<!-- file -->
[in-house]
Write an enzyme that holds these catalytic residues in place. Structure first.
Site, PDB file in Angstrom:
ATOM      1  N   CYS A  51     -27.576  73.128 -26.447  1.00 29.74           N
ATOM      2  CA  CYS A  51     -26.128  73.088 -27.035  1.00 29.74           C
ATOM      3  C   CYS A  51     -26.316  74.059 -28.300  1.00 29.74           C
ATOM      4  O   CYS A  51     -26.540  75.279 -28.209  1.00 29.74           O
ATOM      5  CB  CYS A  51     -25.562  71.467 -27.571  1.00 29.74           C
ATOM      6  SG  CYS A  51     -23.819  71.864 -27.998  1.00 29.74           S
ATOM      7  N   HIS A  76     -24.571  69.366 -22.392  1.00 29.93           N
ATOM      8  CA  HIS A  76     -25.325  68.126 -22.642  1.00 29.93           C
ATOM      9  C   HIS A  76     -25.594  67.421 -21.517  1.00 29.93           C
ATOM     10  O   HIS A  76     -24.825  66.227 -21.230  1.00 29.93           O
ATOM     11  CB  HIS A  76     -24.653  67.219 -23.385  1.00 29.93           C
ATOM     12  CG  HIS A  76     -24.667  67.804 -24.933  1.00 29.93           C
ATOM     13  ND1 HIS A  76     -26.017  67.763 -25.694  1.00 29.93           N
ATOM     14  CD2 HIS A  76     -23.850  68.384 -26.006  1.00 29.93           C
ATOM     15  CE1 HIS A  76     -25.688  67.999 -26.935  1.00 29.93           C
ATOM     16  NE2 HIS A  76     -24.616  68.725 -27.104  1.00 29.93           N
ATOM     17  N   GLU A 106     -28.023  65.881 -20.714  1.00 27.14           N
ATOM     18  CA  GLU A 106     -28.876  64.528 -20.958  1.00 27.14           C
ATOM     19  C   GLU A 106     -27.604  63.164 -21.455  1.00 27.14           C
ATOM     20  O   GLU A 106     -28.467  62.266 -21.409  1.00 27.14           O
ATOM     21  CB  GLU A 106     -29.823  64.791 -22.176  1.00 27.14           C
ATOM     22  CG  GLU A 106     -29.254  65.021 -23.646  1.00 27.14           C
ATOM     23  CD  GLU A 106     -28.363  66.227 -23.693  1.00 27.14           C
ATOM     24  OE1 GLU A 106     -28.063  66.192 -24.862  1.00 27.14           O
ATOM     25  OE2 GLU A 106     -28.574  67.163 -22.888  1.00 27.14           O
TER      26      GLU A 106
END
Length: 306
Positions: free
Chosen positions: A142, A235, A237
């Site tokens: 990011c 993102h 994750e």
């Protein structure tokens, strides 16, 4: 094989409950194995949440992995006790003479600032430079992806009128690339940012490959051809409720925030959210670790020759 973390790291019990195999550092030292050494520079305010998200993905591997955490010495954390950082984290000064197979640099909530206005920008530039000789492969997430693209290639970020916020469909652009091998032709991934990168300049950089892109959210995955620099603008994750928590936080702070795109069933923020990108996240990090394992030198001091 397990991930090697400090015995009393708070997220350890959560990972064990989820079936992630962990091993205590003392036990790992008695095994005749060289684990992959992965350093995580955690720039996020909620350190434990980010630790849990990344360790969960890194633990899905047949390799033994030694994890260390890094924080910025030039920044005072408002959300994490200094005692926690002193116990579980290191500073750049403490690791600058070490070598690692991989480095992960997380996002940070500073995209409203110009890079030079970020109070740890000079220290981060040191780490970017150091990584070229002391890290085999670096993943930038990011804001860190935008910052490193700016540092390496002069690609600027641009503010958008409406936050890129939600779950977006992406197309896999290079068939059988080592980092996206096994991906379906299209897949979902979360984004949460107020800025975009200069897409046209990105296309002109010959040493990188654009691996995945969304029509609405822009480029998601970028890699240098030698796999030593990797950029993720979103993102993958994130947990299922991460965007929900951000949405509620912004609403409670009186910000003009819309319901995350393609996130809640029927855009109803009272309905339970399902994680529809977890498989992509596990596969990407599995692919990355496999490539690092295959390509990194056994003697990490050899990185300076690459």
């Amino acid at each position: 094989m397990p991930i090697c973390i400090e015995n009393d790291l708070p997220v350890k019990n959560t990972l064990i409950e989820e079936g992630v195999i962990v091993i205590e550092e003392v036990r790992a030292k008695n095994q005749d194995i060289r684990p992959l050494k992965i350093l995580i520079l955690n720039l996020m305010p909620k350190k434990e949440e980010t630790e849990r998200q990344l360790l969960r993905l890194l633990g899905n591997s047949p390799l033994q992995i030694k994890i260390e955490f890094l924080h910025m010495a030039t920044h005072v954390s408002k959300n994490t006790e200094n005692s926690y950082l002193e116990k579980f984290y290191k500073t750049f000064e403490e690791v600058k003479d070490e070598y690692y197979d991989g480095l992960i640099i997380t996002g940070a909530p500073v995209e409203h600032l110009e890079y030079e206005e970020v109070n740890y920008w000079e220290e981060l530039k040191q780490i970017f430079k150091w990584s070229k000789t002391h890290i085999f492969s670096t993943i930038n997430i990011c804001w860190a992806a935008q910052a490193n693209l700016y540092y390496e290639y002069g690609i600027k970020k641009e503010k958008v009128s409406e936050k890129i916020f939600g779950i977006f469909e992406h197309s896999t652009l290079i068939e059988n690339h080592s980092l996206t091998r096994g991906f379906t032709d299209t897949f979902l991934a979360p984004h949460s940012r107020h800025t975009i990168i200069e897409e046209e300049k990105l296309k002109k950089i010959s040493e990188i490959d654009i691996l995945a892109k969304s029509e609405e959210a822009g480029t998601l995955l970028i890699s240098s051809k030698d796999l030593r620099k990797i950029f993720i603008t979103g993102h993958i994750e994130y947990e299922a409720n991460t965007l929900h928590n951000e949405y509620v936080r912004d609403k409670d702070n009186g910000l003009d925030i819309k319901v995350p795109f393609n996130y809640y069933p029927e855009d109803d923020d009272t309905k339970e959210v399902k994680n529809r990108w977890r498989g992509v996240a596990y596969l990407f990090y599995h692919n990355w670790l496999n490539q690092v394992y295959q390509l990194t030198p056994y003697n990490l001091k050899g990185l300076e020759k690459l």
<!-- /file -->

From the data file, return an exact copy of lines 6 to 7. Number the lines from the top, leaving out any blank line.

ATOM      3  C   CYS A  51     -26.316  74.059 -28.300  1.00 29.74           C
ATOM      4  O   CYS A  51     -26.540  75.279 -28.209  1.00 29.74           O